A letter of welcome

North Texas Catholic
(Jun 25, 2024) Faith-Inspiration

NTC/Juan Guajardo

Easter Vigil this year was a big night, for you, who entered the Church, and the diocese.

To give you some historical context, the diocese averages somewhere in the eight-hundred range for the total number of souls baptized and making their Profession of Faith at the Vigil.

This year, we had 1,544 (629 baptisms and 915 Professions of Faith).

While some Catholics have never attended an Easter Vigil Mass, many of us have, becoming Catholic at vigils of the past. So, some of us know the exhilaration you are feeling.

Some of us are also familiar with the troubles you may have had to overcome; for some of you have had to endure loss along the way, giving up all to follow Christ. Some of you are struggling with how to handle relationships which have become complicated, as many of you come from backgrounds antithetical to the faith you now profess. Family, friends, work, and your overall social life may be in a state of upheaval.

It is important for you to know you are not alone. When you became Catholic, whether by baptism or Profession of Faith, you joined a supernatural family, one tied together in Christ by the three “Bonds of Unity,” which are visible bonds of communion: “profession of one faith received from the Apostles; common celebration of divine worship, especially of the sacraments; apostolic succession through the sacrament of holy orders” (Catechism of the Catholic Church 815).

These ties are supernaturally constituted to hold the faithful together in Christ and thereby perpetually grant us unity and peace in the family of God.

Think back to the night of the Vigil. Let us recall the Profession of Faith, made by some, but heard by all.

After the renunciation of sin and renewal of baptismal promises, the celebrant addressed those to be received, asking them to “profess the Catholic faith.” The candidates responded with: “I believe and profess all that the holy Catholic Church believes, teaches, and proclaims to be revealed by God” (RCIA 585).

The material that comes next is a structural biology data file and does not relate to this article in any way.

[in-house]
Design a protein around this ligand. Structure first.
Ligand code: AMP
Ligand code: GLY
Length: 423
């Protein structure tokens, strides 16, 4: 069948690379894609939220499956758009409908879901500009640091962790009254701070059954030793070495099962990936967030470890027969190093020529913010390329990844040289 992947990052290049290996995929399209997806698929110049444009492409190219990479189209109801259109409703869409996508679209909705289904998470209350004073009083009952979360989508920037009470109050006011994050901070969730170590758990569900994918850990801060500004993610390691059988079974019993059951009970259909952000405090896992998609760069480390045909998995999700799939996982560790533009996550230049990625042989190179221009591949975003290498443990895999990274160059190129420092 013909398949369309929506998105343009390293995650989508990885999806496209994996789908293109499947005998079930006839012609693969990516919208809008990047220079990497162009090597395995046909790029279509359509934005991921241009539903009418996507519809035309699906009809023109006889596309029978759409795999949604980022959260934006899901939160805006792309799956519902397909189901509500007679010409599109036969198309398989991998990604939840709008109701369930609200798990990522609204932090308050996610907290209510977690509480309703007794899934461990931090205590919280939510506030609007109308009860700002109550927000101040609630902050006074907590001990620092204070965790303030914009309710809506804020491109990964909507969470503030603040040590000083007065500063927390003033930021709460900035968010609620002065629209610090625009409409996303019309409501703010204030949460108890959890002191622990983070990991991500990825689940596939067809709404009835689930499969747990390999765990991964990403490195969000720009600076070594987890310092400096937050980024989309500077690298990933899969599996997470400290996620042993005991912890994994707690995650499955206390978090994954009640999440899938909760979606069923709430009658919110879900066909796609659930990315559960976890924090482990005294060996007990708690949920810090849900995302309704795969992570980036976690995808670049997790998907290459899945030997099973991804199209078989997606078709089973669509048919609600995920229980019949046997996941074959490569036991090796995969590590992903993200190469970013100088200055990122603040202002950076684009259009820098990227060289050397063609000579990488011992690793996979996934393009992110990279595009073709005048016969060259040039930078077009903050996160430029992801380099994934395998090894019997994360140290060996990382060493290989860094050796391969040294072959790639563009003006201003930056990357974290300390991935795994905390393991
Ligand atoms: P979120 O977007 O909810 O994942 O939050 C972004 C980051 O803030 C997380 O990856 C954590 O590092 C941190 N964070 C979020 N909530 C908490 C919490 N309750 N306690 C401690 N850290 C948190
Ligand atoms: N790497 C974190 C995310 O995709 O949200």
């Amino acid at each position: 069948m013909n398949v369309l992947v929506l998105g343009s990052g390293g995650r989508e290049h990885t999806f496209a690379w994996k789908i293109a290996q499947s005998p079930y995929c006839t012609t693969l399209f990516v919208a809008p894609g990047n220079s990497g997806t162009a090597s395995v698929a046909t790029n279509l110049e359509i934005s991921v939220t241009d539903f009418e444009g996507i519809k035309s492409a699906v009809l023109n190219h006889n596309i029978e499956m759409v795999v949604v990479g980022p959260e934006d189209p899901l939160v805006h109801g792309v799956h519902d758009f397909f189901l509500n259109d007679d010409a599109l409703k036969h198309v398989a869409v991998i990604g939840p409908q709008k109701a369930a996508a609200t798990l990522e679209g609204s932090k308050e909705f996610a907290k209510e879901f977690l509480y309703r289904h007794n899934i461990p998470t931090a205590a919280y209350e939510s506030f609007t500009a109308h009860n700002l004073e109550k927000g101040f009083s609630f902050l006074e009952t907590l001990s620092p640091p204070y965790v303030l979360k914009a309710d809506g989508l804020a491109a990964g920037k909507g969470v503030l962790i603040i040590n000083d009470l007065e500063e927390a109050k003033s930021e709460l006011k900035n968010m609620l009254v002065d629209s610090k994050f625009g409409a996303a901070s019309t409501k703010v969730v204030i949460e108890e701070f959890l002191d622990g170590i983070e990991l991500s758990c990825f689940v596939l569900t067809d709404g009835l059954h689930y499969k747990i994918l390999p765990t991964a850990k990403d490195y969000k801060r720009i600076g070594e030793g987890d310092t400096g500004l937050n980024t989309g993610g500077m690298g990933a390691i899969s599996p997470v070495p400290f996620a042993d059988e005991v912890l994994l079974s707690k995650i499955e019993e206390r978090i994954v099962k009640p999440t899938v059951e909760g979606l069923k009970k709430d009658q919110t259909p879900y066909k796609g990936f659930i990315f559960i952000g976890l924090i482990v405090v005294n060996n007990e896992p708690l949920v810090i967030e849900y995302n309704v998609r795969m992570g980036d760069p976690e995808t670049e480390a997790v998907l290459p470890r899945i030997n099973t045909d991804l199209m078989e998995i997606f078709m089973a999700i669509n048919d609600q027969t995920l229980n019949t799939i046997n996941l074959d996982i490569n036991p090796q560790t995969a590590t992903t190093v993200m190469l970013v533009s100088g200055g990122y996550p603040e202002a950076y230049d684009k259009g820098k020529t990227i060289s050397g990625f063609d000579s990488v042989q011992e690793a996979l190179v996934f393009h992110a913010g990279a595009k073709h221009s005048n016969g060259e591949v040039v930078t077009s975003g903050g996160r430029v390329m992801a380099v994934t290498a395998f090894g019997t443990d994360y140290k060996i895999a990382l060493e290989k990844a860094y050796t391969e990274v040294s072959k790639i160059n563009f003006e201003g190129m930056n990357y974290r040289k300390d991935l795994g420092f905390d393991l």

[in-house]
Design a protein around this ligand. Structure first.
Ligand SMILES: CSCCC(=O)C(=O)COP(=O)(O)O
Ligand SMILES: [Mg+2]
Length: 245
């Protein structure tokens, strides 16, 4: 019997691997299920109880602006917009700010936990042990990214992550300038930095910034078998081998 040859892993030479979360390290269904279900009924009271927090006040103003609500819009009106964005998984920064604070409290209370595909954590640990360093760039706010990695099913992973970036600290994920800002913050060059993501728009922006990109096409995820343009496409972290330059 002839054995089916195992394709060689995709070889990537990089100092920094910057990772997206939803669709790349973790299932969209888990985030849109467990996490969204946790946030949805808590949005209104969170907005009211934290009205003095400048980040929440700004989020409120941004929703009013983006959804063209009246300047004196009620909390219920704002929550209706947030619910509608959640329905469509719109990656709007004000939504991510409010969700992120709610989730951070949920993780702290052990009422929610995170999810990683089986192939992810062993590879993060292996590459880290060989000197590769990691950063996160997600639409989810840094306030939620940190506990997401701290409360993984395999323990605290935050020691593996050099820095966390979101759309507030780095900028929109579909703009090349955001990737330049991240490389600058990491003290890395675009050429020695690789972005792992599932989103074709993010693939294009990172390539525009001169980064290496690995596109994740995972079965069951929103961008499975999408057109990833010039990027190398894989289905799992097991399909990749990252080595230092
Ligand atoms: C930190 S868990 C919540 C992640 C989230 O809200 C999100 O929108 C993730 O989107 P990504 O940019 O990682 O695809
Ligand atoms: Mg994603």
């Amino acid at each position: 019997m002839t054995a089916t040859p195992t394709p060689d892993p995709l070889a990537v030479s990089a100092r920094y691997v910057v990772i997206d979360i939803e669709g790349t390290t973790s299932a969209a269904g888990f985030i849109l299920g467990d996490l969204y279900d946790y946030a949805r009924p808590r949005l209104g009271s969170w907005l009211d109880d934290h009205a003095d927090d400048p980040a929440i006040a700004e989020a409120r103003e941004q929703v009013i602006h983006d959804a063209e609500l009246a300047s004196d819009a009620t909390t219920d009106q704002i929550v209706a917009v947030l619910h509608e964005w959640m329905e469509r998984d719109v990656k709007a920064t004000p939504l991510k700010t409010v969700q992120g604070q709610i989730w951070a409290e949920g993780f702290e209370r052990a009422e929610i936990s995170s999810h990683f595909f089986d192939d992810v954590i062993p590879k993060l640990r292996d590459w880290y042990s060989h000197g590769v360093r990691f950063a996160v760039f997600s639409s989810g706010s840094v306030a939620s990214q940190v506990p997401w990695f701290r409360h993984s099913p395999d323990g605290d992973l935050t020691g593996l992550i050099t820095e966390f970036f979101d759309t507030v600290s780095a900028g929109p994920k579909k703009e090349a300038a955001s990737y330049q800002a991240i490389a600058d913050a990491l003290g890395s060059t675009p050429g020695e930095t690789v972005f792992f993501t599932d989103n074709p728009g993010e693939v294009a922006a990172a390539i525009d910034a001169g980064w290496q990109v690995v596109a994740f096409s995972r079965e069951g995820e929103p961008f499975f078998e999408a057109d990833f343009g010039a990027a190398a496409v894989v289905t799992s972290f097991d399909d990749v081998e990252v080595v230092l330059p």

Some of us, when we gave this profession, did not fully realize its significance. In part, it was because we were so overwhelmed with emotion that we barely knew what we were doing. It is easy to miss things in this state, which is unfortunate, for the wording possesses much meaning, the key to the profession being the word “all.”

When you professed your “all,” you confessed a fundamental change in yourself, one which will alter the course of your life: the fact that you have come into the possession of divine and Catholic faith.

When the Church uses the word “faith,” what does it mean?

The Catechism of the Catholic Church has more than one definition, but they amount to the same thing: believing in God and what He has taught us through His Church because we trust Him.

This is the beginning of the supernatural life, lived out in supernatural unity and communion with the rest of your new family.

Of course, a supernatural family does not replace our natural family, but the gifts we share with our new family help us become better members of our natural family, equipping us to love and serve them more perfectly.

The reason why this Easter Vigil was such a big night for the diocese is not because of an increase in numbers, as confirming and encouraging as that is for those of us directing ministry.

What makes this night significant, every year, is the fact that we get to welcome you into the family.

May we all labor together now, giving our all as the united family of God, for His eternal glory. God love you!

Jason Whitehead is the diocesan Director of Evangelization and Catechesis. He entered the Church in 2012 and subsequently received a master’s degree in theology.

Jason Whitehead, column, Profession of Faith, Easter Vigil, trending-english